Sunday, May 5, 2013

Sit if you must. Then Squat. Stand. Swing. Sommersault. Stretch. Squat again.

We are selling our couches.

We are selling our chairs.

Well, okay, we are keeping a few folding chairs in the closet, for when guests visit who would prefer to "be seated."  We are also keeping one rocking armchair for grandma visits.

But we are selling the rest!  We are going to be an on-foot- or on-floor family, at least for a while as an experiment.  Here is why.  Everyone knows that in our culture we sit WAY too much.  "Sitting is the new smoking."  We get up in the morning and sit down for breakfast.  Then we go sit in our cars for our commutes or errands.  Then we sit at our office desks, or school desks, or we sit in waiting rooms or conference rooms. (Here is a short TED talk on holding "walking meetings.")  We sit in the car back home, then sit at our computers for awhile, and sit at the dinner table.  Maybe we sit on the couches and chat with our families, or read story books, or watch a movie.  We sit on the toilet.  Then we sit at our computers some more.  Then we go to bed.

We figure that we end up sitting in so many places, the one place we can ensure not too much sitting happens is home: the only place we are in charge.

Sitting isn't bad... in great moderation.  But holding any one position for too long causes problems for our bodies.  It limits our strength, flexibility, and causes excessive loading on certain muscles and joints, and insufficient loading on others.  These in term lead to more serious problems like back pain or pelvic floor disorder (to name a few I have personally suffered). Sitting too much can also complicate the natural birth process.  Then of course there are the unburned calories... We try to make up for all of our sitting with daily exercise, but there is NO SUBSTITUTE for constant, natural movement throughout the day.  (Here is a great post about why, in the long run, an hour of daily exercise is a short-term fix for a sedentary lifestyle, and may be harmful in the end...particularly if that exercise is on a treadmill.)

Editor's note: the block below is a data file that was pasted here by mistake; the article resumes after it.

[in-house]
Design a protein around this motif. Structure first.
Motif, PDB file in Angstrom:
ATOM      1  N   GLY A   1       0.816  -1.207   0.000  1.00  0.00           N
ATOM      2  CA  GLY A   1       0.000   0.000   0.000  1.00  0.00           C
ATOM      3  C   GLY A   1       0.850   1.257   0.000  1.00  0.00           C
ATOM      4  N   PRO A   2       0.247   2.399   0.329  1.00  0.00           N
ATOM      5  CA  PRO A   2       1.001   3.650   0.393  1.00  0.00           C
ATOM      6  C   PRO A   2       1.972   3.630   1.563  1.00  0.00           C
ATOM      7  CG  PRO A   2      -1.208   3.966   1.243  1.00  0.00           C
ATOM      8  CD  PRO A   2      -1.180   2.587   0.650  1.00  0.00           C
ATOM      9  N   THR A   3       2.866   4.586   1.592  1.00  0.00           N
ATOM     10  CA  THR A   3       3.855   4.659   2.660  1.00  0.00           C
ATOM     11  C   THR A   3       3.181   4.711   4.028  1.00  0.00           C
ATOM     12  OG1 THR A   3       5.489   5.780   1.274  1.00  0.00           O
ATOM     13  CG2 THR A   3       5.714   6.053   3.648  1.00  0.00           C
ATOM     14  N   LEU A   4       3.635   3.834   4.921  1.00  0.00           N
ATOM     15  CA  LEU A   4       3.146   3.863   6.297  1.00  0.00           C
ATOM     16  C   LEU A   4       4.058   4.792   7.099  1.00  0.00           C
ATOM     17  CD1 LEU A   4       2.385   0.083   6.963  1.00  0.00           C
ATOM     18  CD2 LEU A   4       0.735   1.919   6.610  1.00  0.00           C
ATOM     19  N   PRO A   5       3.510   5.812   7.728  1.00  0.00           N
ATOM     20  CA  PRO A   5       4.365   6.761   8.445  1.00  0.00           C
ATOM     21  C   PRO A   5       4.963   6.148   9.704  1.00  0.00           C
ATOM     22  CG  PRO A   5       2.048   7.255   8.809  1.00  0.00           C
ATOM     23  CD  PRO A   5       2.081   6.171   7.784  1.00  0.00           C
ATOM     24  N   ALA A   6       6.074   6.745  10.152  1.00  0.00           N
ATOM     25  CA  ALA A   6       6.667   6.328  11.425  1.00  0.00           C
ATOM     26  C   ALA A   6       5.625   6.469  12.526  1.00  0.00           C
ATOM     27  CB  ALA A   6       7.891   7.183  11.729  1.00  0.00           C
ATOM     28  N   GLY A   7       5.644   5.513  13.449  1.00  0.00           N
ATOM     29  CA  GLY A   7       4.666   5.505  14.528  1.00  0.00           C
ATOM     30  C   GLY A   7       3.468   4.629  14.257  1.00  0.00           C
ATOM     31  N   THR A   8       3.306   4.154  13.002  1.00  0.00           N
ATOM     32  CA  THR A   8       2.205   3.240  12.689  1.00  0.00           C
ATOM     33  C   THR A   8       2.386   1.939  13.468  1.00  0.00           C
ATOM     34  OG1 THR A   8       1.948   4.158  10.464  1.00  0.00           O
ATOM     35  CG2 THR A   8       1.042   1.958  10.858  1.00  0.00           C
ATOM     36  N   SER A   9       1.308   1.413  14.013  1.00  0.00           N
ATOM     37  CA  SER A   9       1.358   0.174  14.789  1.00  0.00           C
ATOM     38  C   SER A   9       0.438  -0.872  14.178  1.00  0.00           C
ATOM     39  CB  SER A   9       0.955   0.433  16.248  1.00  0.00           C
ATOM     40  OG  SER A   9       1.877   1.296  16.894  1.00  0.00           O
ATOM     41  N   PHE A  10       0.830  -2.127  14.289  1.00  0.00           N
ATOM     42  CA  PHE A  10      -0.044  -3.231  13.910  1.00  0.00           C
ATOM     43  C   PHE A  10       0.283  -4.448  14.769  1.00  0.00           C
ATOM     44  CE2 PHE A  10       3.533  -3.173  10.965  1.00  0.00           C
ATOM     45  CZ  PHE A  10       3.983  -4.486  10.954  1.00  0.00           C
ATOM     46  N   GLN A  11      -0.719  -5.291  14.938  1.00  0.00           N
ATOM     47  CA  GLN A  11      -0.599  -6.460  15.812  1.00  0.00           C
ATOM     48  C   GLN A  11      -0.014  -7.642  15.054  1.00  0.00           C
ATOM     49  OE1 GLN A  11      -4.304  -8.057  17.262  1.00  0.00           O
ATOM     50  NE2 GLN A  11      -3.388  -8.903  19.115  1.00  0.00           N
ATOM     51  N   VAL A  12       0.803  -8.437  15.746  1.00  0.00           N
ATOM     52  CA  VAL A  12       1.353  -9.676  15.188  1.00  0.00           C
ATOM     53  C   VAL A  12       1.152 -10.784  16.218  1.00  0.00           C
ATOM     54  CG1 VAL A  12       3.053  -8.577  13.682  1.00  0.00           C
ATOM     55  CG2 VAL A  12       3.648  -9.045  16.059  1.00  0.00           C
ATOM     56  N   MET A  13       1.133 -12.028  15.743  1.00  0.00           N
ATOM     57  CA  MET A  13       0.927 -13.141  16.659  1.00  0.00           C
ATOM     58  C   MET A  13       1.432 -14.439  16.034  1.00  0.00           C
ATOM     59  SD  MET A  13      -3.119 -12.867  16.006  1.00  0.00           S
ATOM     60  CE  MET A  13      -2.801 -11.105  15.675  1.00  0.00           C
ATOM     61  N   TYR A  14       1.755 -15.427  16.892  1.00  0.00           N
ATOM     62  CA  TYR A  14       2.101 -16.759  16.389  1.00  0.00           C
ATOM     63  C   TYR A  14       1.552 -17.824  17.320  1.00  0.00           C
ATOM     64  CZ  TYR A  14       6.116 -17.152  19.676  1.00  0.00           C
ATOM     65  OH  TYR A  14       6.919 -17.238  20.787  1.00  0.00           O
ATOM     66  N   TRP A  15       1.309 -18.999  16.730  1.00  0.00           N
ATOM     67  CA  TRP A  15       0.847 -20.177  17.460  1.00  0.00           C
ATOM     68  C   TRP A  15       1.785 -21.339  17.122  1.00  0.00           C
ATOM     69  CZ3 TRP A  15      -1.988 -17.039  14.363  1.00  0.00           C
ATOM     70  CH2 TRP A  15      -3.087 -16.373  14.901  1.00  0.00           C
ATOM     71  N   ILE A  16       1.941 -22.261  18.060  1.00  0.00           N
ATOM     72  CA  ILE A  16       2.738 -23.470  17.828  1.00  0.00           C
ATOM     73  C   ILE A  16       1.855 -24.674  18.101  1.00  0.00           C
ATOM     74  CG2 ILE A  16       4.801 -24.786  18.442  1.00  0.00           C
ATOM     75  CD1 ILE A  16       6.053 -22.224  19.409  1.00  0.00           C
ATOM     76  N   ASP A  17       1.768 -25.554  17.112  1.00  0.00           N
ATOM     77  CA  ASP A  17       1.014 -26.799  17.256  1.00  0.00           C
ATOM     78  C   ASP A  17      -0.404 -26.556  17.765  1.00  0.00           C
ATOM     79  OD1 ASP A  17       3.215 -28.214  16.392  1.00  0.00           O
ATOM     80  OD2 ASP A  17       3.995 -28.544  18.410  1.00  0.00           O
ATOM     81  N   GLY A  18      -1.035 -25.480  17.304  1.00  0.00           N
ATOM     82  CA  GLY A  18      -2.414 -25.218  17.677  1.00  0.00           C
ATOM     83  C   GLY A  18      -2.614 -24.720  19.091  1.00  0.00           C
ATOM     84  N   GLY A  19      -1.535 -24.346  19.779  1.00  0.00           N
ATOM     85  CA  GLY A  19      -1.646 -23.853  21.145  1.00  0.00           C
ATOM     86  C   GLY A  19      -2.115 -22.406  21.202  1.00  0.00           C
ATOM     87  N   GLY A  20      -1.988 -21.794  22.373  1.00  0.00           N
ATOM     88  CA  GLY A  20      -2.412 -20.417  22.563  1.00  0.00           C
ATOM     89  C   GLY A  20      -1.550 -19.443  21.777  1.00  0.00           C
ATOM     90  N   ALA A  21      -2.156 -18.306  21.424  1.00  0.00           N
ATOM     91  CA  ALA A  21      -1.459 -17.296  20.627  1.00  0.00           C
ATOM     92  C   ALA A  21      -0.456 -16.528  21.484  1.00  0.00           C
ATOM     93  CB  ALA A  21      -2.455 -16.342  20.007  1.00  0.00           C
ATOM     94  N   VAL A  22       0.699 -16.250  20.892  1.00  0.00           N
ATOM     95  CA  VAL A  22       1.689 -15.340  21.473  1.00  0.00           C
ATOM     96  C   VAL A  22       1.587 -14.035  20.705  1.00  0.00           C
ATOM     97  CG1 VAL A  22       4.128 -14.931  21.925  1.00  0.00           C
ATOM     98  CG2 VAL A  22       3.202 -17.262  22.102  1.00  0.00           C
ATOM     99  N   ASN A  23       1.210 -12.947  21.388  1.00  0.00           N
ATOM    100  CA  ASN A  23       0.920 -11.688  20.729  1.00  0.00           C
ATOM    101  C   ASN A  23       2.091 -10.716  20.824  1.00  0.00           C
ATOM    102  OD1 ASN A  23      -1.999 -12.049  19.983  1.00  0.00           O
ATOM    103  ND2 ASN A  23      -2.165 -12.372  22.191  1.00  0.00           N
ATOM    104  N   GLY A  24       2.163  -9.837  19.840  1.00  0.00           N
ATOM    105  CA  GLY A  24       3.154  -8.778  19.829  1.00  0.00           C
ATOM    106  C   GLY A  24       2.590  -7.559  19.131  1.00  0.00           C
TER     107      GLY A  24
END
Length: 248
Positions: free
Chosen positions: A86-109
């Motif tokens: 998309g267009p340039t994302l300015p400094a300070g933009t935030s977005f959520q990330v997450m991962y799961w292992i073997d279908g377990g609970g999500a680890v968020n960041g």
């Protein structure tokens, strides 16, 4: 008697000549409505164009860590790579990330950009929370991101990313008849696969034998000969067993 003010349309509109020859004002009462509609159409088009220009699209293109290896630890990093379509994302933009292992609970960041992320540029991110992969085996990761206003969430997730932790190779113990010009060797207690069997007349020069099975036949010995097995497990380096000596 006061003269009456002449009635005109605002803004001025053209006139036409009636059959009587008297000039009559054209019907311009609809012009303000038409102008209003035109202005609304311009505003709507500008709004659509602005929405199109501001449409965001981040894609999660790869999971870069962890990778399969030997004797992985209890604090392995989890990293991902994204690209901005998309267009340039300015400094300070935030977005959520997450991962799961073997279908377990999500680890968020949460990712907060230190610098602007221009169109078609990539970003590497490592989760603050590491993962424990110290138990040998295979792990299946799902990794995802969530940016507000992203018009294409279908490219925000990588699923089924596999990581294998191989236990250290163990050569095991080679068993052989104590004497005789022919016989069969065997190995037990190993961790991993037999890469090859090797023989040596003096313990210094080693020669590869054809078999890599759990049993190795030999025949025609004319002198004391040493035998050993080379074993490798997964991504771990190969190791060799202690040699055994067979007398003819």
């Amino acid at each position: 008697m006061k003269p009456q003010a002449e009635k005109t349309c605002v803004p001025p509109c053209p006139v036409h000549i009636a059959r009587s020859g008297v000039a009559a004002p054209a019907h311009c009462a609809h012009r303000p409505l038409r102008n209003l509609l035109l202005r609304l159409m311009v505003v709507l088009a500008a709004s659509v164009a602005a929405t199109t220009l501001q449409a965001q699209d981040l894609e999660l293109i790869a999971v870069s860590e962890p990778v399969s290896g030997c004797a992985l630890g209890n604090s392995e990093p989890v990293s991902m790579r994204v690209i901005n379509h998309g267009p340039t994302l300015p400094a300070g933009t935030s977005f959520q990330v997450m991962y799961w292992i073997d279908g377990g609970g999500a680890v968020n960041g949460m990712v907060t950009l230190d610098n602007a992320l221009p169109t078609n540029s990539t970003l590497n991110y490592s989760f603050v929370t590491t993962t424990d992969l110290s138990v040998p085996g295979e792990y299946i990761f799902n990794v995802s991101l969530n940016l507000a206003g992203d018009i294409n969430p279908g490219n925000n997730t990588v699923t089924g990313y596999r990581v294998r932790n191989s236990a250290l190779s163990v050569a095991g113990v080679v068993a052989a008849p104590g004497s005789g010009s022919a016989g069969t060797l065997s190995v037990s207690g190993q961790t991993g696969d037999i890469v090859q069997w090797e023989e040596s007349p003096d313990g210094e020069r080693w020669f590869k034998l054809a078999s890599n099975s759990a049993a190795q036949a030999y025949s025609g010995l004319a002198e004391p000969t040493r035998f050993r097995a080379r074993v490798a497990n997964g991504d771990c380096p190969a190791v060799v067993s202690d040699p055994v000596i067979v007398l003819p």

Whatever your thoughts on the exercise culture, no one can deny that 1) we sit too much and 2) constant movement is ideal.

So we are selling our couches.  We are sawing the legs off our dining room table, and sitting Japanese-style on pillows at meals.  (Still working out how we are going to manage this with little kids, but it's not stopping us.  We'll find a solution).


Okay, so let's envision the Nelson family future.  I get home from work and want to cuddle up with the little guy and read a story before dinner.  Wait... no couch!  We hit the floor, where there are some comfy rugs and cushions... that force us into different positions than we could find in the car, or at office meetings, or church.  We sit cross-legged.  But that isn't comfortable very long, so we change to lying on our tummies for awhile.  Then we roll over on our backs and hold the book above us.  Then maybe we kneel awhile.  Now we've read three story books, and we've been engaging our muscles in the meantime... maybe we've even been facilitating different cerebral responses to the ideas in the stories by changing positions as we read.

It is not good to be in any position too long.  Anthropology professor Gordon Hewes created this chart in 1955 to illustrate all of the "resting positions" he had encountered in his study of traditional cultures.

See how many options there are?!  How many of these do we use on a weekly basis?  On a daily basis?  Here is the post where I found the above chart, about how changing position often is a great idea. (Another good post on chairs and our society).

Standing too much isn't good either.  When I teach my classes, I never sit, and I rarely stand.  I pace around the room, or when I need to stay in one spot, I sway side to side (I just noticed that I do this --- might be the mama effect).  My husband just created this standing work station for himself at home: a fantastic idea for any of us at home or at work.

He takes little breaks from standing by doing chores here or there around the house, or by sitting at a stool for small intervals.  (I haven't seen him sitting at his computer once in the last week!  And he's on the computer a fair amount.)

By the way, for his standing work station he repurposed some of the wood from this jungle gym he built for Peter.